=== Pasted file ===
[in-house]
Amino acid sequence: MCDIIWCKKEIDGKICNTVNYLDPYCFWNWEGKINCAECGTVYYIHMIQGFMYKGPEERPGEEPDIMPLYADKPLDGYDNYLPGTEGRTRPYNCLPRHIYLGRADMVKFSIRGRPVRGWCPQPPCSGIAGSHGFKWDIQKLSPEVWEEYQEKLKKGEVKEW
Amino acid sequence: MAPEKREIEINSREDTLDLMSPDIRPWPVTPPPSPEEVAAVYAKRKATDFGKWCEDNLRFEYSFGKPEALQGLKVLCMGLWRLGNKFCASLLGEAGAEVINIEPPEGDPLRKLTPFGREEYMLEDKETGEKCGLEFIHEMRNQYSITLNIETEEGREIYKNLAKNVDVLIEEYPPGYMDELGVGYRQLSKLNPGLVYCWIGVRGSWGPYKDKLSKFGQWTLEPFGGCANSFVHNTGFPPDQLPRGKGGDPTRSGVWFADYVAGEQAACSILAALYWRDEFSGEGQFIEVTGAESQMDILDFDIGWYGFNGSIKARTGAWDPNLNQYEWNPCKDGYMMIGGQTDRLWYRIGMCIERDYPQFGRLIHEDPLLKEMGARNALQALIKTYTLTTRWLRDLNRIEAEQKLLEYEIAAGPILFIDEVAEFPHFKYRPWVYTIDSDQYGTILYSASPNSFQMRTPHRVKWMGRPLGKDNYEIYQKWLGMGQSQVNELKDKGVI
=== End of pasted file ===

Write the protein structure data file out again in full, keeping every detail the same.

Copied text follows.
[in-house]
Amino acid sequence: MCDIIWCKKEIDGKICNTVNYLDPYCFWNWEGKINCAECGTVYYIHMIQGFMYKGPEERPGEEPDIMPLYADKPLDGYDNYLPGTEGRTRPYNCLPRHIYLGRADMVKFSIRGRPVRGWCPQPPCSGIAGSHGFKWDIQKLSPEVWEEYQEKLKKGEVKEW
Amino acid sequence: MAPEKREIEINSREDTLDLMSPDIRPWPVTPPPSPEEVAAVYAKRKATDFGKWCEDNLRFEYSFGKPEALQGLKVLCMGLWRLGNKFCASLLGEAGAEVINIEPPEGDPLRKLTPFGREEYMLEDKETGEKCGLEFIHEMRNQYSITLNIETEEGREIYKNLAKNVDVLIEEYPPGYMDELGVGYRQLSKLNPGLVYCWIGVRGSWGPYKDKLSKFGQWTLEPFGGCANSFVHNTGFPPDQLPRGKGGDPTRSGVWFADYVAGEQAACSILAALYWRDEFSGEGQFIEVTGAESQMDILDFDIGWYGFNGSIKARTGAWDPNLNQYEWNPCKDGYMMIGGQTDRLWYRIGMCIERDYPQFGRLIHEDPLLKEMGARNALQALIKTYTLTTRWLRDLNRIEAEQKLLEYEIAAGPILFIDEVAEFPHFKYRPWVYTIDSDQYGTILYSASPNSFQMRTPHRVKWMGRPLGKDNYEIYQKWLGMGQSQVNELKDKGVI